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Proceedings Paper

Arbitrary terahertz pulse shaping via optical rectification in fanned-out periodically-poled lithium niobate
Author(s): Yun-Shik Lee; J. R. Danielson; N. Amer
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Paper Abstract

We demonstrate a novel terahertz (THz) pulse shaping technique, which guarantees ultimate flexibility for arbitrary THz pulse generation. The THz pulse shaper consists of a fanned-out periodically-poled lithium niobate (FO-PPLN) crystal-the domain width of the FO-PPLN crystal varies continuously across the lateral direction-, a spatial mask, and a spherical mirror. Optical pulses are line-focused on the FO-PPLN crystal to generate spatially separated multi-frequency components of THz pulses. The spatial mask is placed in front of the FO-PPLN crystal in order to manipulate the spatial pattern of the incident optical beam, thus to control the amplitudes of the spatially dispersed THz frequency components. Spectral resolution of this method is determined by FO-PPLN bandwidth and mask resolution: estimated practical resolution is ≈0.01 THz for 1 THz bandwidth. After the spherical mirror assembles the various frequencies into a single collimated beam, a shaped THz pulse can be obtained, with the pulse shape determined by the Fourier transform of the pattern transferred by the mask. As a proof-of-principle experiment, we measured THz waveforms using metal masks. The experiment was performed using 800-nm, 100-fs pulses from a 1-kHz Ti:sapphire regenerative amplifier. We used a 5-mm long FO-PPLN sample (width = 10 mm, height = 0.5 mm) continuously tunable from 0.6 to 1.5 THz. We tested the metal masks of three different spatial patterns: low-pass filter, high-pass filter, and double slit. The experimental results show that the THz waveforms are determined by the spatial patterns of the masks.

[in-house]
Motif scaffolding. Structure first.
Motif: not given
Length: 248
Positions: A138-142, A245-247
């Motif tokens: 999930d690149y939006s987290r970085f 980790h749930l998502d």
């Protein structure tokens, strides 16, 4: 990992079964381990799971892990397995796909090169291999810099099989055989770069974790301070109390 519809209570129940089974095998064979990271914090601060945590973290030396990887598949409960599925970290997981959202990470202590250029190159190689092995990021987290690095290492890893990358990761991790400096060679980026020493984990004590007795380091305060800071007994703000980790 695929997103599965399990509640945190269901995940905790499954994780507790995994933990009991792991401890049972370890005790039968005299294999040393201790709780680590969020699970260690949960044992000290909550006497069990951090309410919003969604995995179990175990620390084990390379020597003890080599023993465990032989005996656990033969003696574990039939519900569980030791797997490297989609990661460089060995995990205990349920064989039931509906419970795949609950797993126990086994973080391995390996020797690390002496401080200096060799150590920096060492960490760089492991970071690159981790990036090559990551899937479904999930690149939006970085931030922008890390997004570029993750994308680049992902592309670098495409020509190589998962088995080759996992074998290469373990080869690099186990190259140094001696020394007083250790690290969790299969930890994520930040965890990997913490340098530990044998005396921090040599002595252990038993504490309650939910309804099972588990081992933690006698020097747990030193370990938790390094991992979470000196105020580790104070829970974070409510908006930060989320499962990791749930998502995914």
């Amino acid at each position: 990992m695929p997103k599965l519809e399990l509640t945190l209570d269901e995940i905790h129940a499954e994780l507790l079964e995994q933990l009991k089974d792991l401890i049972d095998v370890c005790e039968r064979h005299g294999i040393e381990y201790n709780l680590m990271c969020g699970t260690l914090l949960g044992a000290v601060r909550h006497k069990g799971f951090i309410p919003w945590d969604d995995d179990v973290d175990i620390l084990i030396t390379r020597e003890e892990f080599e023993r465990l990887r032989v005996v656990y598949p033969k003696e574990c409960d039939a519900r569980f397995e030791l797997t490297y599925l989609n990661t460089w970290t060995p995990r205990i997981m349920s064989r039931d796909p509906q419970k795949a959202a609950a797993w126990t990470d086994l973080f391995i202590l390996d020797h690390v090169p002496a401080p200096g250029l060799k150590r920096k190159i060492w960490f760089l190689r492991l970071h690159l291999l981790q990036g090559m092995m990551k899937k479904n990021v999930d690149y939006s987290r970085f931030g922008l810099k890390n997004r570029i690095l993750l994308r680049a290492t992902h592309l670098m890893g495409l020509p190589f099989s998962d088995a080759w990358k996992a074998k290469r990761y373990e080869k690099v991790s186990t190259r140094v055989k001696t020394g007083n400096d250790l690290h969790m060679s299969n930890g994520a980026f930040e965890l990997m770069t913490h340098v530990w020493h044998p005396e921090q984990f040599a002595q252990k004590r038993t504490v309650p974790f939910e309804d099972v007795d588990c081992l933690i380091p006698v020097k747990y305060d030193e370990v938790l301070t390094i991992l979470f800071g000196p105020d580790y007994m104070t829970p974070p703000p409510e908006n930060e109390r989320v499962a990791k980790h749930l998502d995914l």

Paper Details

Date Published: 14 February 2007
PDF: 8 pages
Proc. SPIE 6455, Nonlinear Frequency Generation and Conversion: Materials, Devices, and Applications VI, 64550J (14 February 2007); doi: 10.1117/12.699409
Show Author Affiliations
Yun-Shik Lee, Oregon State Univ. (United States)
J. R. Danielson, Oregon State Univ. (United States)
N. Amer, Oregon State Univ. (United States)


Published in SPIE Proceedings Vol. 6455:
Nonlinear Frequency Generation and Conversion: Materials, Devices, and Applications VI
Peter E. Powers, Editor(s)

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